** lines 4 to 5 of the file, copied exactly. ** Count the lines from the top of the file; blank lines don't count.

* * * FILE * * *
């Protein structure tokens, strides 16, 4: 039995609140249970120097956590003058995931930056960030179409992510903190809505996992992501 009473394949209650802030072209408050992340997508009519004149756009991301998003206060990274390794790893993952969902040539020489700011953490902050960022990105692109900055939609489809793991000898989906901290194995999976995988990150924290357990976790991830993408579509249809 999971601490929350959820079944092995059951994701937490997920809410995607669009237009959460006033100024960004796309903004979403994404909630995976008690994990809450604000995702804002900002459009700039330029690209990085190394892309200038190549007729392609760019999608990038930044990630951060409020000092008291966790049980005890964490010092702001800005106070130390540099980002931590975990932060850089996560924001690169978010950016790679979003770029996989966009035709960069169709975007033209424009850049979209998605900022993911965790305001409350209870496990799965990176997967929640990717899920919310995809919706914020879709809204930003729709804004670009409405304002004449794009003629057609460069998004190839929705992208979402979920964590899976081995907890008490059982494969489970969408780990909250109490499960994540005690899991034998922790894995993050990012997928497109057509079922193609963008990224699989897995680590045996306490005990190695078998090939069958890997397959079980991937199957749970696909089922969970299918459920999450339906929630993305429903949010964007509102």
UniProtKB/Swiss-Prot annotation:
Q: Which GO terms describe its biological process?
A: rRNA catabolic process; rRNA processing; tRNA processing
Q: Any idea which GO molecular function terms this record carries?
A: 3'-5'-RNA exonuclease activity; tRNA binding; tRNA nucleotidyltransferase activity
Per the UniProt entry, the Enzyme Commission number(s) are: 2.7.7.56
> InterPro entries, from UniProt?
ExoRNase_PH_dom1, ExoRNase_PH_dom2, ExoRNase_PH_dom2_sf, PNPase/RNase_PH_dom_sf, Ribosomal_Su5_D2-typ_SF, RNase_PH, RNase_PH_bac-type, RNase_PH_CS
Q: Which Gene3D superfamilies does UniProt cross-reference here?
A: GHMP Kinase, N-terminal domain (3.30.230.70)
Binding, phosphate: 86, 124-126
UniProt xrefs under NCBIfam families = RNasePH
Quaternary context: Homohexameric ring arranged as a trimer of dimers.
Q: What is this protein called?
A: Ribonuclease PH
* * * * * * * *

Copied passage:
A: rRNA catabolic process; rRNA processing; tRNA processing
Q: Any idea which GO molecular function terms this record carries?